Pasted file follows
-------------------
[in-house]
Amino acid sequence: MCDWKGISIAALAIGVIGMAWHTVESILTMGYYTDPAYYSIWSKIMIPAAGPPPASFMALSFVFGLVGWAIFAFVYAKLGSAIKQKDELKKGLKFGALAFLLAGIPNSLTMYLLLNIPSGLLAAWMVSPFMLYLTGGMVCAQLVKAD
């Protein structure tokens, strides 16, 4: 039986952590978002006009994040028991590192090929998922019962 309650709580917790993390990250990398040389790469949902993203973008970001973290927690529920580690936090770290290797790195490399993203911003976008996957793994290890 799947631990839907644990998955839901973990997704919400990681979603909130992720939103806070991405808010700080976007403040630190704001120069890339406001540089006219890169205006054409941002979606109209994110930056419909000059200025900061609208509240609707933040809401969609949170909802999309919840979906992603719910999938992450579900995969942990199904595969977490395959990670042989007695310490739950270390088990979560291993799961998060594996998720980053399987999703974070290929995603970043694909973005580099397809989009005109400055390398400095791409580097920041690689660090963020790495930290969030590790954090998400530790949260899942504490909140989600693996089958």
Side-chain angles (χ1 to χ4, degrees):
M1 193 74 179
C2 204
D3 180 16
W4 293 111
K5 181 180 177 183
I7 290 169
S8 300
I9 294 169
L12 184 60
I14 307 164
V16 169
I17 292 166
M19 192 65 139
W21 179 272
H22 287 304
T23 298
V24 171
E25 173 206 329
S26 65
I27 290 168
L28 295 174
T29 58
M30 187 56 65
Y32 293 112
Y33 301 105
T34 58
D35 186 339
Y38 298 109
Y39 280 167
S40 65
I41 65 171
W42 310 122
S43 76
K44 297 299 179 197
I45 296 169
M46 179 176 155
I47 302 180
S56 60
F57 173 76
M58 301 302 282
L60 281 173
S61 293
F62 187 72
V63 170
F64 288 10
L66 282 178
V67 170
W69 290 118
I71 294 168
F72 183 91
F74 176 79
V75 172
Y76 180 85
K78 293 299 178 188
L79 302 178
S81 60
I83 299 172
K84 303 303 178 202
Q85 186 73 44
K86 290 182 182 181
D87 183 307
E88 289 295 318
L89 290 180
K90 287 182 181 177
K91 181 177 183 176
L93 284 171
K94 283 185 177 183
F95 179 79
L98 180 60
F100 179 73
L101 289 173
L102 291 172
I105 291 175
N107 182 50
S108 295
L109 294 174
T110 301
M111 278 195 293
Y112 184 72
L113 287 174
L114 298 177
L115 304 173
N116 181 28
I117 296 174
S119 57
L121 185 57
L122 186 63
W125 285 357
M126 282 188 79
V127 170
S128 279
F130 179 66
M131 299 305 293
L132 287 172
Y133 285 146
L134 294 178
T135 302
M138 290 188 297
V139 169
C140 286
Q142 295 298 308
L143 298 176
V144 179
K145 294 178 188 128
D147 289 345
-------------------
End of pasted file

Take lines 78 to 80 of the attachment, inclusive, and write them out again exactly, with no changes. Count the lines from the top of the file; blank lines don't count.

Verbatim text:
N107 182 50
S108 295
L109 294 174